What An In-Flight Meal And The Cookie Monster Can Teach Us About Business Analysis

Cookie which says "Anytime Cookie" on the labelI’ve always thought that one of the ‘fun’ parts of travelling by air is the in-flight meal.  When packed in economy, there’s a real art to opening the foil or cellophane wrapped food items without showering the contents over yourself or a fellow passenger.  This is made even more problematic if, like me, you enjoy the occasional beer in the airport before the flight…

 

On a recent trip, I was given the usual choice of chicken or pasta, and alongside the main course there was a cookie.  After ravenously demolishing the main course (I always seem to sit in an area that is last to be served) my attention turned to the cookie—which was curiously labelled as an anytime cookie. I couldn’t help but smile when I saw this as it immediately triggered an image in my mind of the Cookie Monster saying “All cookies are anytime cookies! Me eat cookies all day!”.  But, being the self-confessed BA geek that I am, my thoughts then immediately came back to business analysis and logic

 

As BAs and professionals that help enable value to be created and captured, we deal a lot with logic.  We use models and other ways of communicating that allow us to convey complicated concepts concisely and precisely.  Yet when eliciting information we typically have to rely on everyday language—and if we are not careful these conversations can be filled with tacit assumptions and misunderstandings when we play them back.

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Hotel Orange Juice: The Problem You ‘See’ Affects The ‘Solution’ That You Consider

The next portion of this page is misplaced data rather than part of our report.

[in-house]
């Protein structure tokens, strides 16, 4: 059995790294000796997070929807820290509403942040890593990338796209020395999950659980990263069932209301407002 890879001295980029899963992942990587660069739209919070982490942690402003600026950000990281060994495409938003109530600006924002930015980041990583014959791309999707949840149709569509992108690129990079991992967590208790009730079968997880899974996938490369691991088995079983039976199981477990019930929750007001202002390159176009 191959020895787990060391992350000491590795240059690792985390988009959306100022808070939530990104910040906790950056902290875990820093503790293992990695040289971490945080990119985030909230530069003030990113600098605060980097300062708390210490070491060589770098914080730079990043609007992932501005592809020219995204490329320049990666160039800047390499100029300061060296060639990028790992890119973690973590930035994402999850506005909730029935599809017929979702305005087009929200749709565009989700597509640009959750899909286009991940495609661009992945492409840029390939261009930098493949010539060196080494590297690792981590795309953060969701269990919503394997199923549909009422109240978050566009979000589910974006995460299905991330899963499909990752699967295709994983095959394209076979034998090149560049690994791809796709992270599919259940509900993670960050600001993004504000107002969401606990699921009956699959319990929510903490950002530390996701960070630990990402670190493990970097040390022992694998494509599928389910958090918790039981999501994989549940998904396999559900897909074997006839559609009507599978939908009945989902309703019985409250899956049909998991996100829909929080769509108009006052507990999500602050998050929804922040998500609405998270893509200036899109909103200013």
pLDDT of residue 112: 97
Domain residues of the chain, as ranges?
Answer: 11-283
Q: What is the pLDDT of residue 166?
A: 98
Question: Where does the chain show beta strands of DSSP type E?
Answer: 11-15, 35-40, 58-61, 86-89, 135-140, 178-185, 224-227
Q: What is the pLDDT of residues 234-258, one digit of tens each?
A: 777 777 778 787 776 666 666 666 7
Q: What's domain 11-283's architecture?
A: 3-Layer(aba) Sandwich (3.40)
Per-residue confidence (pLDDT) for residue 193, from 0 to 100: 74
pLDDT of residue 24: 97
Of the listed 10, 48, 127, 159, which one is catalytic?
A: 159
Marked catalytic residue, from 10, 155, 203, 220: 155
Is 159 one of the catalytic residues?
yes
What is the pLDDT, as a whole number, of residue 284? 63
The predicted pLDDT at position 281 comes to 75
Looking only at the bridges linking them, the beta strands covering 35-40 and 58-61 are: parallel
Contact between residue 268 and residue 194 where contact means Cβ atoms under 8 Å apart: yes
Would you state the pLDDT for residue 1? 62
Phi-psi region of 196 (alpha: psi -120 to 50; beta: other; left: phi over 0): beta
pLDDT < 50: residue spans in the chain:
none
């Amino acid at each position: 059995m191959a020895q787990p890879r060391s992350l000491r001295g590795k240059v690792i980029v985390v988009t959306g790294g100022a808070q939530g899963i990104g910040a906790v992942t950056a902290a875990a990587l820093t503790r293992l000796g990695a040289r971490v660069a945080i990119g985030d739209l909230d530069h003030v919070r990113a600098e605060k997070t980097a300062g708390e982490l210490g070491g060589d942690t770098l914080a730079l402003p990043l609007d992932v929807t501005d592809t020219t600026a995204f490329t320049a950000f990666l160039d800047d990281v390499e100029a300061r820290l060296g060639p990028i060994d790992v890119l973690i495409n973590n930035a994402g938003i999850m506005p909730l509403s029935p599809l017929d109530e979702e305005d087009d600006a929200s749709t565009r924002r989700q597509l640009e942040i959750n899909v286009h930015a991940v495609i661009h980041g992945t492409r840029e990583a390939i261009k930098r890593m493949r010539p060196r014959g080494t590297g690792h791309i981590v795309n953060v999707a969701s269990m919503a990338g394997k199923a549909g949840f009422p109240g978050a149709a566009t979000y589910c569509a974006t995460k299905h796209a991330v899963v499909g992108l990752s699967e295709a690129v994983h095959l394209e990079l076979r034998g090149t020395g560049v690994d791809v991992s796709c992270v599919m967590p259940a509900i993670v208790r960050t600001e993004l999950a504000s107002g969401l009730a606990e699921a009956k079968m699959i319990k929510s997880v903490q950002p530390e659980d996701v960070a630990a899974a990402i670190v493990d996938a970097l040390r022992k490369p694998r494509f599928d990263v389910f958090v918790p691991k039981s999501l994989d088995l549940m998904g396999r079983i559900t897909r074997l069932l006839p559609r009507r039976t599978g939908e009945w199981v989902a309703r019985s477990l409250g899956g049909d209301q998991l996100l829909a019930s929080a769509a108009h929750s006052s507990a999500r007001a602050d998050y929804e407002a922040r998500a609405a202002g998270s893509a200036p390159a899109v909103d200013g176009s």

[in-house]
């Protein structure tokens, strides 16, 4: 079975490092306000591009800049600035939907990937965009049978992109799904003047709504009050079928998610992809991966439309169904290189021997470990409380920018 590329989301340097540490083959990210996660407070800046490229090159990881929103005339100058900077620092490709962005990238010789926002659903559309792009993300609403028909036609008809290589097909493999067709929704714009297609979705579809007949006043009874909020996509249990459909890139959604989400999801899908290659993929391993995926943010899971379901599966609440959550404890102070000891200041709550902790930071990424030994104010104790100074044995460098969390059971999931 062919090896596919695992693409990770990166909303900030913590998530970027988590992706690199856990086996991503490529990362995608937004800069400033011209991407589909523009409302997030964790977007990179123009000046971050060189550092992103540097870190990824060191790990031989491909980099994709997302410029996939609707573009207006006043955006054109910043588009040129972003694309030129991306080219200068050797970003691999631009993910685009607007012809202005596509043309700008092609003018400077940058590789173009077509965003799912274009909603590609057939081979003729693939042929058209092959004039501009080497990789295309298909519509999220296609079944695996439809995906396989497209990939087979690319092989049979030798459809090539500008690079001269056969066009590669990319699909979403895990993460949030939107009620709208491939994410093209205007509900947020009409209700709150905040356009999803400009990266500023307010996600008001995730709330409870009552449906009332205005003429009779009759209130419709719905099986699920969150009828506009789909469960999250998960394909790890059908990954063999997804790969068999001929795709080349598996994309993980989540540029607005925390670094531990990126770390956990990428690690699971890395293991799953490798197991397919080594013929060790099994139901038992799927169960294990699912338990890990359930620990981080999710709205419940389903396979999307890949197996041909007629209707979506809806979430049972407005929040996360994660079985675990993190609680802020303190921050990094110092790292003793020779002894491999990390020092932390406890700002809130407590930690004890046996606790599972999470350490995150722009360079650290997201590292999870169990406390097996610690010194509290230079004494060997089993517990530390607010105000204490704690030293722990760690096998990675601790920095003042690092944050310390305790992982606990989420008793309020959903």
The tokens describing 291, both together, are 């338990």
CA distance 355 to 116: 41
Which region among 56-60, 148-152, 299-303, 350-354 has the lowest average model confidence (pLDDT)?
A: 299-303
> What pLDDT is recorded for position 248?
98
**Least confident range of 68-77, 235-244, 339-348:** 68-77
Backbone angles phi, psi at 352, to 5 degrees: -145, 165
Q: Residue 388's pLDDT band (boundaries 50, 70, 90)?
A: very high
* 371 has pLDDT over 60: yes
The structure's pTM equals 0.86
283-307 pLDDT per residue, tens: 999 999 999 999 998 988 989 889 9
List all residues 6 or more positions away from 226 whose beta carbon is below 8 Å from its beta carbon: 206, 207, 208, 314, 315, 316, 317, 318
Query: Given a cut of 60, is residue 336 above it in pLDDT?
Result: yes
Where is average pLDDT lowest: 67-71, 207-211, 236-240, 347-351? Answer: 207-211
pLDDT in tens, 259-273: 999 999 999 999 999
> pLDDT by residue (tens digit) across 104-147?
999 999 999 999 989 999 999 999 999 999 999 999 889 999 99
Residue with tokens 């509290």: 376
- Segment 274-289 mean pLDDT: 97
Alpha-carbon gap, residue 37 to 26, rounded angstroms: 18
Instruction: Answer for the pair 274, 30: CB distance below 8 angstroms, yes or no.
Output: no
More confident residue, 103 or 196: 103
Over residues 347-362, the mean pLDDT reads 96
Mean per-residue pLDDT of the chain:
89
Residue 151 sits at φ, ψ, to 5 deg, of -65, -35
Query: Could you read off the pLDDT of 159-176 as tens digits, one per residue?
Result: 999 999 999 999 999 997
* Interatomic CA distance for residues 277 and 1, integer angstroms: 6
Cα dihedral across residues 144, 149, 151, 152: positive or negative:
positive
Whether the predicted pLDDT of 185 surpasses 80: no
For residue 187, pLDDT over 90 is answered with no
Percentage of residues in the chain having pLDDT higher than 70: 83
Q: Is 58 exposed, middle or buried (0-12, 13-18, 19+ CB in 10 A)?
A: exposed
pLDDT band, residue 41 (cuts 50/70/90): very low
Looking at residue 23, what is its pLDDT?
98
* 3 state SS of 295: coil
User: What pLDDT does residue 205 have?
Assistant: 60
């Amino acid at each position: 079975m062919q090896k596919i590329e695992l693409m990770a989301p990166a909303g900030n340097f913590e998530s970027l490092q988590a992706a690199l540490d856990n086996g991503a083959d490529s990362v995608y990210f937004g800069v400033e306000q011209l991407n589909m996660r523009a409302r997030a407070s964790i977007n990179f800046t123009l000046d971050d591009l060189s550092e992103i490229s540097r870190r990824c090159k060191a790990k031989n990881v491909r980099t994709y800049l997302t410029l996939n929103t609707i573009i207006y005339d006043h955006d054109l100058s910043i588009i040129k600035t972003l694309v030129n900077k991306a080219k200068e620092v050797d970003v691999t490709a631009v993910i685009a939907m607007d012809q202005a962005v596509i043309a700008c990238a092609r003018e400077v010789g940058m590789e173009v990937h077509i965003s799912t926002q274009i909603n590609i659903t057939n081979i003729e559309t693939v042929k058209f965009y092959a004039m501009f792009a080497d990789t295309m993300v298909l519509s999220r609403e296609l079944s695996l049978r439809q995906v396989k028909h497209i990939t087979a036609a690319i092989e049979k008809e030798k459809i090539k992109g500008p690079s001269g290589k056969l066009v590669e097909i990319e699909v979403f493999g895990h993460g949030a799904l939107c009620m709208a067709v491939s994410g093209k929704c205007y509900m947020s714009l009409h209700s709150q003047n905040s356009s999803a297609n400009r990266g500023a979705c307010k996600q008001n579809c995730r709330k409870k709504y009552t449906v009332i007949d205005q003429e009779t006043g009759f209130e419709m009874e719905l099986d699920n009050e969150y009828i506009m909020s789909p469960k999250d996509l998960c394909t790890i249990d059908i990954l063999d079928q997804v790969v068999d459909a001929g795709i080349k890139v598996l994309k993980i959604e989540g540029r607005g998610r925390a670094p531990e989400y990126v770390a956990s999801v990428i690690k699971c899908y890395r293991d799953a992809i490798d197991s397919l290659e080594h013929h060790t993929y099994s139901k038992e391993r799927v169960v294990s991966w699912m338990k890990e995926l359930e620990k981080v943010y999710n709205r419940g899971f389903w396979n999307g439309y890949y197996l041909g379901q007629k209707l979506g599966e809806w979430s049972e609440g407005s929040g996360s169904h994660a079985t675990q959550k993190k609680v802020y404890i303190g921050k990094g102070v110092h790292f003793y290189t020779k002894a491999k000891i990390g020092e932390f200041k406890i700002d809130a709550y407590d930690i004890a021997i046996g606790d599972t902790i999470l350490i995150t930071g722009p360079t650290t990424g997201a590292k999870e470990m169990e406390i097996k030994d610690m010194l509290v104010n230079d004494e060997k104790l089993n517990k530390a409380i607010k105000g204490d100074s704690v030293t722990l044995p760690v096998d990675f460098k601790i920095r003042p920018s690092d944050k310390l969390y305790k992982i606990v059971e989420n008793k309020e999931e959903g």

Breakfast on a table: Toast, pastry and orange juice
Image Credit: © Alex Tihonov – Fotolia.com #207827018

Problem solving and organisational learning are two topics that are closely related to each other.  So often, organisations appear to be ‘hard-wired’ in a way that they means they focus on solving immediate problems without spending time assessing root causes.  It is all-too-easy to get caught in a fire-fighting doom-loop where symptoms are addressed rather than root causes, and everyone is consumed with tactical ‘busy-work’.  This is akin to a motorist who keeps topping up their car with engine oil but doesn’t look for a leak.  This works well for weeks until the leak suddenly gets worse and the engine is ruined in a catastrophic and expensive failure.

 

I was mulling this over recently whilst eating at a breakfast buffet in a hotel. I went to get a glass of juice, only to find there were no glasses left.  No problem, I thought, I’ll let one of the hotel staff know and they’ll get it fixed.  I caught the eye of a friendly waitress and explained the predicament, she apologetically looked at the empty shelf and immediately went away to put things right. She came back within minutes, clutching a single glass—passing it on to me.  I said thank you, and before I could say anything further she smiled and scurried off to her next task.  It was very busy, and I suspect she was under quite a lot of pressure to ensure her list of tasks were completed.

 

Problem solving and Organisational Learning

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